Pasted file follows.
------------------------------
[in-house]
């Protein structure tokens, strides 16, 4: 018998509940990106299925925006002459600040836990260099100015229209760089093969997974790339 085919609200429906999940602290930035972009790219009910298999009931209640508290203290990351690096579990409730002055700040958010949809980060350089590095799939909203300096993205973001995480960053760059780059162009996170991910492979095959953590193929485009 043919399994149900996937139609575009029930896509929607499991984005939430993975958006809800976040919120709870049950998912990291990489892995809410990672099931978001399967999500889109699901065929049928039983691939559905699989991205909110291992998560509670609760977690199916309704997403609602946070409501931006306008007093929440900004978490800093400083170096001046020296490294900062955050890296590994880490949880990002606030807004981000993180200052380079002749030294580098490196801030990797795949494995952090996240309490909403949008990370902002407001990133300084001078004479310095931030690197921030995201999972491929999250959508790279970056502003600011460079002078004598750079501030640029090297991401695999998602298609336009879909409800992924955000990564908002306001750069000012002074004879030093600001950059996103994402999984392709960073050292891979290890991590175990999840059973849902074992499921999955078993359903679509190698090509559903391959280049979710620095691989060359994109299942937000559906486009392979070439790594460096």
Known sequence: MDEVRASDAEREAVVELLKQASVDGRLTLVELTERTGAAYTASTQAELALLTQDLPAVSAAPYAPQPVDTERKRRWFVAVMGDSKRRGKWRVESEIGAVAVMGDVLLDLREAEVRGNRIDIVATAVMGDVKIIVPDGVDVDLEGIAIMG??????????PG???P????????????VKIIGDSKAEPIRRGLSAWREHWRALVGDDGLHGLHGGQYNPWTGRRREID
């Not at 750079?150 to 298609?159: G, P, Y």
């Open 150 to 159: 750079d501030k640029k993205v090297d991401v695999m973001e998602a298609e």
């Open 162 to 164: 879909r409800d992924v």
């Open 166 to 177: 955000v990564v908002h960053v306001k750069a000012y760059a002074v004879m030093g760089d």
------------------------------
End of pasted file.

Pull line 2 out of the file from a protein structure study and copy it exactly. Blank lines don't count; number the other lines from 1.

């Protein structure tokens, strides 16, 4: 018998509940990106299925925006002459600040836990260099100015229209760089093969997974790339 085919609200429906999940602290930035972009790219009910298999009931209640508290203290990351690096579990409730002055700040958010949809980060350089590095799939909203300096993205973001995480960053760059780059162009996170991910492979095959953590193929485009 043919399994149900996937139609575009029930896509929607499991984005939430993975958006809800976040919120709870049950998912990291990489892995809410990672099931978001399967999500889109699901065929049928039983691939559905699989991205909110291992998560509670609760977690199916309704997403609602946070409501931006306008007093929440900004978490800093400083170096001046020296490294900062955050890296590994880490949880990002606030807004981000993180200052380079002749030294580098490196801030990797795949494995952090996240309490909403949008990370902002407001990133300084001078004479310095931030690197921030995201999972491929999250959508790279970056502003600011460079002078004598750079501030640029090297991401695999998602298609336009879909409800992924955000990564908002306001750069000012002074004879030093600001950059996103994402999984392709960073050292891979290890991590175990999840059973849902074992499921999955078993359903679509190698090509559903391959280049979710620095691989060359994109299942937000559906486009392979070439790594460096």